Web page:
Unfortunately the same can't be said of the English dub. Geneon has once again relied on Odex Private Ltd. out of Singapore to provide the dub, a company which will not escape its reputation of poor-quality dubs with this title. Karin's parents and work manager hit the mark, as does Boogie-kun, and her brother, sister, and best friend are at least passable, but the performances of Kenta and his mother are unrefined, even amateurish, in delivery, as is the school nurse, and the timing is sometimes off. The English VA for Karin does improve over the course of the volume, but early on she struggles to find the right tone, often coming off louder and more shrill than was probably intended. She also has an odd vocal resonance in the first couple of episodes that could be a recording/mixing error more than an acting flaw. The English script sometimes takes a lot of liberties, but does handle one language translation incident in a school class by having a statement originally translated from Japanese into English translated the other way instead. Overall the dub isn't intolerably bad, but it isn't something that could be recommended even for dedicated dub fans, either.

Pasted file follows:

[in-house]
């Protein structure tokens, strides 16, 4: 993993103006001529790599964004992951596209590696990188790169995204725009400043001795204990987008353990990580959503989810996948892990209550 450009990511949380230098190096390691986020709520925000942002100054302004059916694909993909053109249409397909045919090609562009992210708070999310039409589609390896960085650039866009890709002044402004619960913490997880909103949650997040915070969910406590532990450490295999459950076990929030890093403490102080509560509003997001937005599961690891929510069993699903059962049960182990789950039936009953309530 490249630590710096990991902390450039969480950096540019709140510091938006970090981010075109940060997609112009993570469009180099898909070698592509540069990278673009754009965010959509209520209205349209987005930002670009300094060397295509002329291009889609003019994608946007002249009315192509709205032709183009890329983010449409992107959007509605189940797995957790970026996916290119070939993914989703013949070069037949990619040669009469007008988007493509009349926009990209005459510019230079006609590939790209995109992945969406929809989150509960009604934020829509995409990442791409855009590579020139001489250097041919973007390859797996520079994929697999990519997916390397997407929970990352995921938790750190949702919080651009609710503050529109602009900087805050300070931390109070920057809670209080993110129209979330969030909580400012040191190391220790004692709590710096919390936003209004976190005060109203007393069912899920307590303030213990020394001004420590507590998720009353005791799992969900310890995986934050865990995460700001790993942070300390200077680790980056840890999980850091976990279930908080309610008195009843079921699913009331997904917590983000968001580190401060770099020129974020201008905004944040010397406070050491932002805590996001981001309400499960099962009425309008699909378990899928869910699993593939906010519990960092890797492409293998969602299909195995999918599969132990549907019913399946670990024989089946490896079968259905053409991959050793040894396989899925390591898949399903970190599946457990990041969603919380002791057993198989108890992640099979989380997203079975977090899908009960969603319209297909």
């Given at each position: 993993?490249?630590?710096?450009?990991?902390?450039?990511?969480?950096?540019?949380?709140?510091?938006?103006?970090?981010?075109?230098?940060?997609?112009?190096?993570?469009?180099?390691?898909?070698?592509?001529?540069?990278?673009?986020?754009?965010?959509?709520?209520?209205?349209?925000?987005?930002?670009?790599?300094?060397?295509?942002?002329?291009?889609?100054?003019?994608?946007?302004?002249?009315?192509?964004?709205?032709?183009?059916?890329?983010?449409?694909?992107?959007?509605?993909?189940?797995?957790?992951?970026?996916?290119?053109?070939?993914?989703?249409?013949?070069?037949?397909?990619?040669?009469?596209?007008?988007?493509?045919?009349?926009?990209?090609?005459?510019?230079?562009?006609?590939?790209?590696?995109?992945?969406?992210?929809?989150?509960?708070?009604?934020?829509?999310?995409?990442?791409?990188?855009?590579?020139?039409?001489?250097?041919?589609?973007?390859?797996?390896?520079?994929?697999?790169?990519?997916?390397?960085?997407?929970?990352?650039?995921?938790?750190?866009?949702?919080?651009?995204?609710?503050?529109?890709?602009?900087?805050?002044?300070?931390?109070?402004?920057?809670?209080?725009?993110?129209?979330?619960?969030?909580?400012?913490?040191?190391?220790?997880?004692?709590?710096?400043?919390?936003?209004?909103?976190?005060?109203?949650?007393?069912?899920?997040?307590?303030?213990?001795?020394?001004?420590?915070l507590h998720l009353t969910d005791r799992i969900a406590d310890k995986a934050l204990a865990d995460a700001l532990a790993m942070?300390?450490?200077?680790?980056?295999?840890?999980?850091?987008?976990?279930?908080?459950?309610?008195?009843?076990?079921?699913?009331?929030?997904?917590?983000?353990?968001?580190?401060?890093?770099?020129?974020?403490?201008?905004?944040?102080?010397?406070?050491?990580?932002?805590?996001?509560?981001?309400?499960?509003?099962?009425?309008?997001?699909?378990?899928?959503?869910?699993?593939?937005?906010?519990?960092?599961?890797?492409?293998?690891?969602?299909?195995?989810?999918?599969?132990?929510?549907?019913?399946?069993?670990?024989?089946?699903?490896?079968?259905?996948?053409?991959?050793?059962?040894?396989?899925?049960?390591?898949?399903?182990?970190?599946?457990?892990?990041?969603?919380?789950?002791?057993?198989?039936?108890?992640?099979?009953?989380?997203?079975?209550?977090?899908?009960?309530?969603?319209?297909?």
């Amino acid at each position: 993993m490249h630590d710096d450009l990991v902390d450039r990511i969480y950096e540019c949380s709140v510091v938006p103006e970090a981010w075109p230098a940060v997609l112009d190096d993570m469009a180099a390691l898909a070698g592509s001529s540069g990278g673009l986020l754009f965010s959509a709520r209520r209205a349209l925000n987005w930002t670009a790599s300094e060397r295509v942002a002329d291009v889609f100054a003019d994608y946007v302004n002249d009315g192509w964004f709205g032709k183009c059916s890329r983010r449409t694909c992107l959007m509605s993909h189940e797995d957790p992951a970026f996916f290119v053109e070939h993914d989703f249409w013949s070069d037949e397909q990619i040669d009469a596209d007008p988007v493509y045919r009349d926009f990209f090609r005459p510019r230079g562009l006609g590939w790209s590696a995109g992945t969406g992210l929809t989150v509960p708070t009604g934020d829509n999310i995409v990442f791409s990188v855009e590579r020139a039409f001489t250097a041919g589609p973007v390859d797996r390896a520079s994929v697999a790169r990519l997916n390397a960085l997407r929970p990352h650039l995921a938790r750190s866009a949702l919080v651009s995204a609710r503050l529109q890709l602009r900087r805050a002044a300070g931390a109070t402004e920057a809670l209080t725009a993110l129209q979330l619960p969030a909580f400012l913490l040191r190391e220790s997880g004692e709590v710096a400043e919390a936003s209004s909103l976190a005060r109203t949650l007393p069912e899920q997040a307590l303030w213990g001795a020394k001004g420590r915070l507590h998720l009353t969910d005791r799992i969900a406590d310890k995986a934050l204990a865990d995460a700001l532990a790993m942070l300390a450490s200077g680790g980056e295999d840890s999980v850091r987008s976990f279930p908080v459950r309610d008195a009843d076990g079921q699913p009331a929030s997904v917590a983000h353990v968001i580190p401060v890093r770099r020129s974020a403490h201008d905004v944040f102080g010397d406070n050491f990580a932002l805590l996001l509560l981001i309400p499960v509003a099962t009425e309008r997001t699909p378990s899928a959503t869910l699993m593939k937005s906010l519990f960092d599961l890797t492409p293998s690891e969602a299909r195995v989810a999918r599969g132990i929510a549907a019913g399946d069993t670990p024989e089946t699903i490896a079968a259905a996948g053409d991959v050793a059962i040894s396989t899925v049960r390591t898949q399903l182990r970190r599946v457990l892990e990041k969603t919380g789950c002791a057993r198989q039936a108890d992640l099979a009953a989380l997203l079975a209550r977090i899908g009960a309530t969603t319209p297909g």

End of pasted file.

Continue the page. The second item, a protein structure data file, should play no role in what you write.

The Extras for the first volume are quite limited, consisting only of a clean opener, a reversible cover (which arguably has better artwork than the actual cover), and an additional art insert featuring Karin and Anju. An art box is available with the Limited Edition version.
Karin takes a while to get truly funny, and the full meaning of its opening scene will not be understood for a few volumes yet, but when it finally does get to the humor it produces a satisfying amount of laughs and drama. Though it uses a lot of typical elements, its twist is enough to give its first volume a fresher feel.
Overall (dub) : B-
Overall (sub) : B
Story : B
Animation : B-
Art : C+
Music : B+
+ Novel twist on standard themes, can be quite funny.